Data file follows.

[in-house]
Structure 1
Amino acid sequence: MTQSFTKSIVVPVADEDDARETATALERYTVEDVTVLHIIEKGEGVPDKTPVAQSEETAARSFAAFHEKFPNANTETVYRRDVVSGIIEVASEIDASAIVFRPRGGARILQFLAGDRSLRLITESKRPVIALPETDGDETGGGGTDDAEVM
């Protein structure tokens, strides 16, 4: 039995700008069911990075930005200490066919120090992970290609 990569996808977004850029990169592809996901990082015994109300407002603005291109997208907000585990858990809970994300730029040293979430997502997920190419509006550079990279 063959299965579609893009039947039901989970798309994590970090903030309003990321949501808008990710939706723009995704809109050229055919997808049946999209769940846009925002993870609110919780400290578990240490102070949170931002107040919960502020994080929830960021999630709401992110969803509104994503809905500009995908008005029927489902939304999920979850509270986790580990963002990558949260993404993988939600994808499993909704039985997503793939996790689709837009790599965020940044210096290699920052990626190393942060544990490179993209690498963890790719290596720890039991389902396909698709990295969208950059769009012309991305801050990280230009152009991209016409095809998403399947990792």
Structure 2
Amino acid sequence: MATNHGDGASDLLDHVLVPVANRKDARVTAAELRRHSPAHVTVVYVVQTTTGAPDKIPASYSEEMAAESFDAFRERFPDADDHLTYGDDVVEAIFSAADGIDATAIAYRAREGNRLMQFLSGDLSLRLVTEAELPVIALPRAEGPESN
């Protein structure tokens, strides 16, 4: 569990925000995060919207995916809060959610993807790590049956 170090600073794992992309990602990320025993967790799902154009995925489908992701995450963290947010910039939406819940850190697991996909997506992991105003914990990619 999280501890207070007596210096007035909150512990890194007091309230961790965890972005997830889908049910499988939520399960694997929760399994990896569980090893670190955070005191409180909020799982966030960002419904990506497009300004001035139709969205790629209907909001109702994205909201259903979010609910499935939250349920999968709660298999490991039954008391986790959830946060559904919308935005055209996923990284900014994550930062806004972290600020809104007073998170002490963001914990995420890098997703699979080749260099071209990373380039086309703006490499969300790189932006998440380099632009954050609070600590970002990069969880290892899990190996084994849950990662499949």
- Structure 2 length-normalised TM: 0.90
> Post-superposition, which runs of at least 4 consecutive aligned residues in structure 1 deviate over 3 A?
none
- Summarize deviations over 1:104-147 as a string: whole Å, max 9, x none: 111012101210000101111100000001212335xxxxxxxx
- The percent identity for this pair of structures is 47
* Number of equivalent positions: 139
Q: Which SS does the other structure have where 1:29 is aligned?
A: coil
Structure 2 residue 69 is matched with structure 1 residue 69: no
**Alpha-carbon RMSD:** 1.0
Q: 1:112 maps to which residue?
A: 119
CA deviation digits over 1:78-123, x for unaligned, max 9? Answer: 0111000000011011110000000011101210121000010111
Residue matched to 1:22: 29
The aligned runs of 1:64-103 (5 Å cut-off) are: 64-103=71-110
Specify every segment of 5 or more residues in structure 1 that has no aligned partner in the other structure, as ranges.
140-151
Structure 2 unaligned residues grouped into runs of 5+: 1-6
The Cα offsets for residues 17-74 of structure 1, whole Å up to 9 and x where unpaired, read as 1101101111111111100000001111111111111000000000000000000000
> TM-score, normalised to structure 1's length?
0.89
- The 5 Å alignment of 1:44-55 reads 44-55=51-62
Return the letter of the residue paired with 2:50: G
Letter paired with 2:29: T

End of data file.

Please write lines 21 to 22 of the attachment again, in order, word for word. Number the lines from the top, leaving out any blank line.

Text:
Residue matched to 1:22: 29
The aligned runs of 1:64-103 (5 Å cut-off) are: 64-103=71-110